What Would Be Considered Or What Is A Definition Of Unemployment Insurance Fraud? What Are Some Examples?
Unemployment insurance fraud is any action that submits to the state system for unemployment benefits fraudulent information. That could take many forms. It could be fraudulent information regarding whether you were terminated or whether you quit your job, whether you are currently able and looking for work, whether you’re able to work, and whether you’re working while collecting unemployment benefits. So, for example, if you’re collecting unemployment benefits and you’re working a side job, but they’re paying you what we refer to as under the table in cash, that would be considered unemployment insurance fraud. Or if you’re reporting that you’re actively looking for work, but you’re just sitting on your couch collecting unemployment, that can also constitute unemployment insurance fraud. If you voluntarily quit a job, but are reporting that you were terminated or laid off for some reason, similarly, that could be unemployment insurance fraud.
Is Failing To Report New Employment Considered Unemployment Fraud?
Yes. The second that you are reemployed while receiving unemployment insurance benefits, you have to report that because that would usually mean you’re no longer eligible for unemployment insurance. Failing to report a new employment status is considered unemployment insurance fraud if you continue to collect unemployment insurance benefits.
Is Misrepresenting Or Failing To Present Evidence Of Actively Looking For Employment Considered Unemployment Crime?
Yes, most states require that when you are on unemployment insurance and are receiving benefits, you continue to look for employment actively. They require that you attest to that fact periodically. If you are lying or misrepresenting that fact, again, you’re sitting on your couch and not actively looking for work, that be the basis for a fraud charge.
Is Unemployment Fraud Or Unemployment Insurance Fraud Going To Be Considered A State-Level Offense Or A Federal Offense Or Is It Both?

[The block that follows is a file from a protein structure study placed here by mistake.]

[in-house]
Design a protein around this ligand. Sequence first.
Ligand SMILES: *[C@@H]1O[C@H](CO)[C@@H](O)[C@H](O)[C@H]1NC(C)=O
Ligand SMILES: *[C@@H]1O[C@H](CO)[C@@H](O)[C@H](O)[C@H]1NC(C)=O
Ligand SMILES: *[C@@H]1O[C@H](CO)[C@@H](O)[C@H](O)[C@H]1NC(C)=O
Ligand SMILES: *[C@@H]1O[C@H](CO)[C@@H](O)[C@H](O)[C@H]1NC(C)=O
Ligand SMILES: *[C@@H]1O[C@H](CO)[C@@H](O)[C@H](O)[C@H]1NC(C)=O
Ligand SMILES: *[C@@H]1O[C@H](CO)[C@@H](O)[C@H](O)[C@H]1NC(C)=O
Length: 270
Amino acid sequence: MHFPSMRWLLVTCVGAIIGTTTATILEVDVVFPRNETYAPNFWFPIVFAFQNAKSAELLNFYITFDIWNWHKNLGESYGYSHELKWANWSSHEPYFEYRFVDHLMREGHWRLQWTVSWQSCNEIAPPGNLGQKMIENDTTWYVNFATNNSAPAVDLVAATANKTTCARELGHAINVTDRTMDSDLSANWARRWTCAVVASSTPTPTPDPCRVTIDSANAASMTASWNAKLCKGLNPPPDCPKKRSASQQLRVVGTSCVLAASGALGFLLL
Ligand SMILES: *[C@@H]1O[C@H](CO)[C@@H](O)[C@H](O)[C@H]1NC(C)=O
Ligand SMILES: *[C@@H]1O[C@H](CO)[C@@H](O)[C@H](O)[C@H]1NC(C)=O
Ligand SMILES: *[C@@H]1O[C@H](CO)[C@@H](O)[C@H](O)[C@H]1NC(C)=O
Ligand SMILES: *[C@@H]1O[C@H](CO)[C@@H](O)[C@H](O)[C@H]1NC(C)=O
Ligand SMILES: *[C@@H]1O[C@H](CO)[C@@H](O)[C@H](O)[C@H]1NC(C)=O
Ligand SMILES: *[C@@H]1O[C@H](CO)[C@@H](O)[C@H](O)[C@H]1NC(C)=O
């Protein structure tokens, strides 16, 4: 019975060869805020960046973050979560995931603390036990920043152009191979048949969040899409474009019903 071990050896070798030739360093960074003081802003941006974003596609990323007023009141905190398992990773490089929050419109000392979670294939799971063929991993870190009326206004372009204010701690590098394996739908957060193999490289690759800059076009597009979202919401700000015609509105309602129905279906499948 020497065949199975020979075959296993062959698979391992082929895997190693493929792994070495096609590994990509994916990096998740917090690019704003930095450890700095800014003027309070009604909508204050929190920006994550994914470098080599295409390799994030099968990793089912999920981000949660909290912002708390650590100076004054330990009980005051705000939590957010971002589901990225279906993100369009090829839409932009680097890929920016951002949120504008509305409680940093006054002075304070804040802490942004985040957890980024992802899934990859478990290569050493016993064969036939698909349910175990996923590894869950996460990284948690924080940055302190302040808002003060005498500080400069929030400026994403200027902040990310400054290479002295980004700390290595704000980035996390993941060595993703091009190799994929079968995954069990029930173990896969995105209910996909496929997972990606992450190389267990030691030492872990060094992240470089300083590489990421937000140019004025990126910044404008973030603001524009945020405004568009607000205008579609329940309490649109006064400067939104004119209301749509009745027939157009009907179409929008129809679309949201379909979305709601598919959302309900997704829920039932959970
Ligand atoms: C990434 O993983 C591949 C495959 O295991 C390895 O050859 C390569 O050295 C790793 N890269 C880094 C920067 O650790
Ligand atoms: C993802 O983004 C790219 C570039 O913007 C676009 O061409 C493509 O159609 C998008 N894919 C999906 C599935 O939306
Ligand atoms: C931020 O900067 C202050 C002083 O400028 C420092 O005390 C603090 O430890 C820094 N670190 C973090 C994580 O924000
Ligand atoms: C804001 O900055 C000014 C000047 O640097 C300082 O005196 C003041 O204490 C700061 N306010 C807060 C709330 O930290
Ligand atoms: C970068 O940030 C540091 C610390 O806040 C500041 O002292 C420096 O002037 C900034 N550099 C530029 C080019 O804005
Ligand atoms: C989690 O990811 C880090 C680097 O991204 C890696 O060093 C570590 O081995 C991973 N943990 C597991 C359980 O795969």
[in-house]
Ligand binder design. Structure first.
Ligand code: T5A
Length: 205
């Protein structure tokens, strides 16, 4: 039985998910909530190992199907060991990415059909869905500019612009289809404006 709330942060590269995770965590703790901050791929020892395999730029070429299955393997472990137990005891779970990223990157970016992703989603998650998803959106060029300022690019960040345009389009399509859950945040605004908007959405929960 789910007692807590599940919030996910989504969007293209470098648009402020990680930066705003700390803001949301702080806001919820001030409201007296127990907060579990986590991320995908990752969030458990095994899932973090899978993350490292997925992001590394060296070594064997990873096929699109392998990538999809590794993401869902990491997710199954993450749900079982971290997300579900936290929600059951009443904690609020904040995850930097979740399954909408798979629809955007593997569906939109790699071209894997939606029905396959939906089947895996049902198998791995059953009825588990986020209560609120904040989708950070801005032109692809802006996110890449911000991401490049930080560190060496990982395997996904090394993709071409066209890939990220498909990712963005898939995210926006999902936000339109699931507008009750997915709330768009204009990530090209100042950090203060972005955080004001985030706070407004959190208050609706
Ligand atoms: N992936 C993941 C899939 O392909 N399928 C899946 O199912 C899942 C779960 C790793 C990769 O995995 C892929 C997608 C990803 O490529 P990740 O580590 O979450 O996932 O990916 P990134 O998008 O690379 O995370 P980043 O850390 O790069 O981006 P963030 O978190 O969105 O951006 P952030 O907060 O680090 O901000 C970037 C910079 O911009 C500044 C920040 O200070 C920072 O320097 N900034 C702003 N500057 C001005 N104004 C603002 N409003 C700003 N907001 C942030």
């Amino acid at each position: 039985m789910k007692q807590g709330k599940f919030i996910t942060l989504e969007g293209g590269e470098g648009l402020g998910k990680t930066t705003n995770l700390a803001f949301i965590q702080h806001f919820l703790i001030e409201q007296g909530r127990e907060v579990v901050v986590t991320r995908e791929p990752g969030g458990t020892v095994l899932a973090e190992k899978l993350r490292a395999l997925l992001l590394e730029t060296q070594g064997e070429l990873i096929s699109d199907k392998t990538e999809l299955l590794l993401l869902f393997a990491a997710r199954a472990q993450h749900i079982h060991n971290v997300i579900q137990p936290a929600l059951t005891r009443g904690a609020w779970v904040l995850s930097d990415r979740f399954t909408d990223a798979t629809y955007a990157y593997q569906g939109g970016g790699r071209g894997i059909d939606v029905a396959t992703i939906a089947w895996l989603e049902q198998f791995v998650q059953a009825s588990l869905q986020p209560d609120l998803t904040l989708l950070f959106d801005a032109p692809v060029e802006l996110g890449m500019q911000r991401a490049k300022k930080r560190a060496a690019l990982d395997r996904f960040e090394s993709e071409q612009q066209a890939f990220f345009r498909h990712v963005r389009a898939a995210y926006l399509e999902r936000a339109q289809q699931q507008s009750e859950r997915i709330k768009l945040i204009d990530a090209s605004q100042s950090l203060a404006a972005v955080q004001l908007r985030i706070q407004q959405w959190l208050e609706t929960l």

It can be considered both. State and federal systems have laws regarding unemployment insurance fraud. Most cases involving unemployment insurance fraud will be state-level just because they’re not going to be very large. When we’re talking about significant money, only substantial cases would likely end up at a federal level.
Can Employers Be Charged With Unemployment Insurance Fraud? What Are Some Examples?
Yes, they can. Employers can be charged under unemployment insurance fraud in several different ways. Sometimes, shell corporations are developed and hire people for a very short time and then report them as terminated to collect insurance payment. Another way is when they do not adequately report the company’s payroll, so if the company reports 10 employees, but in reality, it has 15. This is considered unemployment insurance fraud because they are cheating the state out of the funds they’re supposed to be paying per employee.
Another way is to underreport how much they pay their employees because depending on how much they pay their employees is how much they have to pay the state for unemployment insurance. So, that’s another way that an employer can be charged with unemployment insurance fraud.
Did Some States Temporarily Waive The Work Search Requirement For Unemployment Benefits In Response To The Coronavirus Pandemic?
You have to look at the individual state where you are drawing unemployment benefits, but yes, most states have suspended the work search requirement. For example, In Florida, that requirement has been suspended until February 2021, and it remains to be seen if it will be extended further.
For more information on Unemployment Insurance Fraud In Florida, an initial consultation is your next best step. Get the information and legal answers you are seeking by calling (305) 791-6529 today.
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